Why the World Stays Green

The world is green with plants. The world also has thousands of species of plant-eating insects and other organisms. Why don’t all those insects eat all the plants? Why does the world stay green? TCR White, an entomologist from New Zealand, asks this question in a book (White 2005) and a series of fascinating papers. White argues that the answer is not…

Lawn with large tree in center

How Do Grocery and Meal Kit Deliveries Impact the Carbon Footprint of Our Food?

I explored opportunities to reduce environmental impact related to food preparation and food waste in previous Perspectives on Sustainability articles. However, transportation in the food supply chain is a significant contributor to carbon emissions: all the transportation and miles in between the farm and your plate are part of …

A cardboard box containing a meal kit.

Biodiversity, Healthy Soils, and their Combination in Regenerative Agriculture can Reduce but not Replace Fertilizer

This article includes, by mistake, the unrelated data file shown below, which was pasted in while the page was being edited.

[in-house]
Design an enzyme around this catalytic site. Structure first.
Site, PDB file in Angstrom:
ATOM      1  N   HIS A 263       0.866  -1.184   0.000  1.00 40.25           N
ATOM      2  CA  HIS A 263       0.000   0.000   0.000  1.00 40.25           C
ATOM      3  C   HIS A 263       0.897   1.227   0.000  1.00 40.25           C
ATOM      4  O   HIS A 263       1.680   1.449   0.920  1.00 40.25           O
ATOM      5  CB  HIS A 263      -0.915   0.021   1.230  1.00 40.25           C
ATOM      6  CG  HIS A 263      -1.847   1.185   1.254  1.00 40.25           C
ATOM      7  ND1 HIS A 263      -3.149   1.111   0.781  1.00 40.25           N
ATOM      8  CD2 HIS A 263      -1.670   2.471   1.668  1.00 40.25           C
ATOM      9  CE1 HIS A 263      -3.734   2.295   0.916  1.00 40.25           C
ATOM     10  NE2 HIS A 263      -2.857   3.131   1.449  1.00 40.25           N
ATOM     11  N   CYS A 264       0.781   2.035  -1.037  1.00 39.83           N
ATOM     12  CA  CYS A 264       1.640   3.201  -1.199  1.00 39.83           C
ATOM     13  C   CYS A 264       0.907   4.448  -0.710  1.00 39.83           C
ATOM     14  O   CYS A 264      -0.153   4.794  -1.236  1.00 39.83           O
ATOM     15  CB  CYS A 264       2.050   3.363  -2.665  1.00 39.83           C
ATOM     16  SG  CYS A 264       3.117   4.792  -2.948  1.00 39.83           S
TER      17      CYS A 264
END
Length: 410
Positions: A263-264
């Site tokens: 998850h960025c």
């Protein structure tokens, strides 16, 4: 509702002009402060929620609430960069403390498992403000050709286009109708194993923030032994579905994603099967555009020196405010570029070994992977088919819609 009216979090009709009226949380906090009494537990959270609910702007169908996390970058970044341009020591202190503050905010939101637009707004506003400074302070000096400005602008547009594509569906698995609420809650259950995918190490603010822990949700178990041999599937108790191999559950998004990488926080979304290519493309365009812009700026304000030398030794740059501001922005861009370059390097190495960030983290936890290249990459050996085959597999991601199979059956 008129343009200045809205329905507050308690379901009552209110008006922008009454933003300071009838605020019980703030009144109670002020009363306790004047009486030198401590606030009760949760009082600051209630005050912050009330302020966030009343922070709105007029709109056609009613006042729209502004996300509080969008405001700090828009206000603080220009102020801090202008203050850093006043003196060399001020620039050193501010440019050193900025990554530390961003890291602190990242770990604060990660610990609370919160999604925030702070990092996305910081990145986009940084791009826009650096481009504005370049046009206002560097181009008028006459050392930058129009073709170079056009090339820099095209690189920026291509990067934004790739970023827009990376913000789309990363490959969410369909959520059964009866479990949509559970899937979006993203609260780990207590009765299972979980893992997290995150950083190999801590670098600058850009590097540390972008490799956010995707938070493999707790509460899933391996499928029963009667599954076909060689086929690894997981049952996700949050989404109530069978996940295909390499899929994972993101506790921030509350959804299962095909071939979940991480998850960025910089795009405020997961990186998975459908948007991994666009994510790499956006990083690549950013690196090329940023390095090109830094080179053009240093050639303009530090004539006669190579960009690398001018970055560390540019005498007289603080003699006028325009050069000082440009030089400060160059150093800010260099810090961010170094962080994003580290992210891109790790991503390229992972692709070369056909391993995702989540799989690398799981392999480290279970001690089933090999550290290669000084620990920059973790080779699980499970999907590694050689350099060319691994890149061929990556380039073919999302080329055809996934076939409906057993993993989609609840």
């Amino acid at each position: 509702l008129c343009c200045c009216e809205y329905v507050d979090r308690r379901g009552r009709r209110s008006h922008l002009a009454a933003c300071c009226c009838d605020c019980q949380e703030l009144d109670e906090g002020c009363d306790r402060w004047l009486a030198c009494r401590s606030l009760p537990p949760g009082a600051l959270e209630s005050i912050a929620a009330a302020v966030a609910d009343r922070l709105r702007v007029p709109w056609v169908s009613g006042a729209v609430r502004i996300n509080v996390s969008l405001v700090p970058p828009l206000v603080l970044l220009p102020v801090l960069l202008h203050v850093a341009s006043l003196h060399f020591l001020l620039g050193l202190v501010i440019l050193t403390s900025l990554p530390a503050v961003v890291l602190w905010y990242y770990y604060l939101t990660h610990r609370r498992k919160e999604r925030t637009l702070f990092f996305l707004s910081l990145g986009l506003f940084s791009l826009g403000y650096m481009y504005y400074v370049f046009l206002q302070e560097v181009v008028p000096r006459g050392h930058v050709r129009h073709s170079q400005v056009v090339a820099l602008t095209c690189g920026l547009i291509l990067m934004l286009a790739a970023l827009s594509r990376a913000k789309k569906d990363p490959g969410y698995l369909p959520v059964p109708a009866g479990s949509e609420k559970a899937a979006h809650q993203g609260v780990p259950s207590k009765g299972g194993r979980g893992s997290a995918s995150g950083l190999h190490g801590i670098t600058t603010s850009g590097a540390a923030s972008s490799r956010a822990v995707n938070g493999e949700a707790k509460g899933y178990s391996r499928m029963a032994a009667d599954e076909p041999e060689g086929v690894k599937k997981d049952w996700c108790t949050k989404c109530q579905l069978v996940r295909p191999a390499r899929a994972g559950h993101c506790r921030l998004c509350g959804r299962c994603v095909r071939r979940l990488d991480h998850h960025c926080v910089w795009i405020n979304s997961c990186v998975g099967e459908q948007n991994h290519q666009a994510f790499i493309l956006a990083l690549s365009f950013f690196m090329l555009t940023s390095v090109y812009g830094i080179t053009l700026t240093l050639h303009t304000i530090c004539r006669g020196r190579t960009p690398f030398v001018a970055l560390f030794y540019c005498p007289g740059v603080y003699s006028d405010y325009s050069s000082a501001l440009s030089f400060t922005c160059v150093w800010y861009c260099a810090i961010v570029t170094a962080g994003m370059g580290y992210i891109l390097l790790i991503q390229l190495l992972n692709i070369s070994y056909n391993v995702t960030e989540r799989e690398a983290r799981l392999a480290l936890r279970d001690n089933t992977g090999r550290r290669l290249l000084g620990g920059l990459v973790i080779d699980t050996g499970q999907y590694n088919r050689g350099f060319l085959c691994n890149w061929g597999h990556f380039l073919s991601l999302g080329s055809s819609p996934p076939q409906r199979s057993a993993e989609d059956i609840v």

“Dependent on off-farm inputs…” Can it be otherwise? People inside and outside of science like to point to how nature needs no inputs, yet still produces. Then, as above, they wonder…

Tropical rainforest

Vermifiltration: A low-cost, environmentally sustainable way to treat dairy waste?

What do you call the worm that ate Mozart? A DECOMPOSER! But for one central Washington dairy, a treatment system is using worms, not to decompose manure but to address the knotty and chronic issue of excessive nutrient levels. And now WSU researchers are studying just how helpful those worms might be to the Washington dairy industry.

Hand holding clump of worms and worm castings

Closing the Loop: How Well Could Fertilizer Derived from Dairy Manure Meet Crop Nitrogen Demand in Whatcom County, Washington

Manure can play a valuable role in crop production because of its ability to build soil fertility and soil health. Ironically, manure can pose a waste disposal issue for livestock producers. Why does this situation…

Map relating dairy location and N output to geographic crop N requirements